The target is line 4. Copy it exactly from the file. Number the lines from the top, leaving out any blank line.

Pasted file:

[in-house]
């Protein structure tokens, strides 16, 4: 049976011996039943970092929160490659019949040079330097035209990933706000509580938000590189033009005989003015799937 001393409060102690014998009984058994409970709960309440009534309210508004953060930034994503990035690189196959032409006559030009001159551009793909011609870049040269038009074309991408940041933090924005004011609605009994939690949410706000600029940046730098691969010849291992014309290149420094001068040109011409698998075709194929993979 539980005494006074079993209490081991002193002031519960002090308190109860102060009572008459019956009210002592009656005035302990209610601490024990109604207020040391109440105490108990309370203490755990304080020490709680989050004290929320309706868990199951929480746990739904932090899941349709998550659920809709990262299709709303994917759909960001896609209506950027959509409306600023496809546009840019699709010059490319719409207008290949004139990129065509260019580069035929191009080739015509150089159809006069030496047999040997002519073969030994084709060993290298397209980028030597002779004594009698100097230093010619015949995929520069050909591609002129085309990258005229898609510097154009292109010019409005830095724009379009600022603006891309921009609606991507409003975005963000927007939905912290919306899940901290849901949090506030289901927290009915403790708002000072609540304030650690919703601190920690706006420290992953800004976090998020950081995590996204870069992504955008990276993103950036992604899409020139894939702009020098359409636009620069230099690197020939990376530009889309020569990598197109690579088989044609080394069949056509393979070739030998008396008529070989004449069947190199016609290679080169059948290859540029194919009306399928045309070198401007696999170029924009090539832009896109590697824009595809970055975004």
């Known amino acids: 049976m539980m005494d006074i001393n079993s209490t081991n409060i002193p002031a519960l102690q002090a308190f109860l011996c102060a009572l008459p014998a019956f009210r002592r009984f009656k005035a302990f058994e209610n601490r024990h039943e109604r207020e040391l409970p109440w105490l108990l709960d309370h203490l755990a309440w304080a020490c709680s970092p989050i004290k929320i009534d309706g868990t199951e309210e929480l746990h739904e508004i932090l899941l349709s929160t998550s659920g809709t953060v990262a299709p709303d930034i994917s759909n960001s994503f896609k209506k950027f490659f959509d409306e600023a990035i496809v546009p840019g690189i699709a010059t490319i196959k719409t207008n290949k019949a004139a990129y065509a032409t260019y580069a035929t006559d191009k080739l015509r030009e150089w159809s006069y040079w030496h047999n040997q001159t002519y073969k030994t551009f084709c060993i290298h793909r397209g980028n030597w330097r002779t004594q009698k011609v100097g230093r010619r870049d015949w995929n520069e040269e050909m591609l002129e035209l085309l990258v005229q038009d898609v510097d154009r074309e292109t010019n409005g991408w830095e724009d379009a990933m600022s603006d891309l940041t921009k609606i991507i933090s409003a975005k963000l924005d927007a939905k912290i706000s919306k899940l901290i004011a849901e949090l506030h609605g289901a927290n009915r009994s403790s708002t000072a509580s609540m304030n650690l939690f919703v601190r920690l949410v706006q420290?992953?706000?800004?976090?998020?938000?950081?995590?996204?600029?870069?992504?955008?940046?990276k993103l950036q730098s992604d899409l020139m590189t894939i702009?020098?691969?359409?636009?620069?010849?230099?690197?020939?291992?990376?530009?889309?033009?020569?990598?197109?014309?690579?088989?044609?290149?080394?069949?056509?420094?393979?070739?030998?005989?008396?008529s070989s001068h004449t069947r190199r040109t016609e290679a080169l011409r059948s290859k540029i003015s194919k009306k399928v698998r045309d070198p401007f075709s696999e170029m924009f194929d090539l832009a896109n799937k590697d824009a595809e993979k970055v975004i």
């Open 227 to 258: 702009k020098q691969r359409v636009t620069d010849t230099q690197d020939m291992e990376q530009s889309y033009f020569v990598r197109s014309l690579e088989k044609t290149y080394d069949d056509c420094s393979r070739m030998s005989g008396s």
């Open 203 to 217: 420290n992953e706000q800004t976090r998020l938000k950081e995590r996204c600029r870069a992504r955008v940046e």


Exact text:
């Open 227 to 258: 702009k020098q691969r359409v636009t620069d010849t230099q690197d020939m291992e990376q530009s889309y033009f020569v990598r197109s014309l690579e088989k044609t290149y080394d069949d056509c420094s393979r070739m030998s005989g008396s």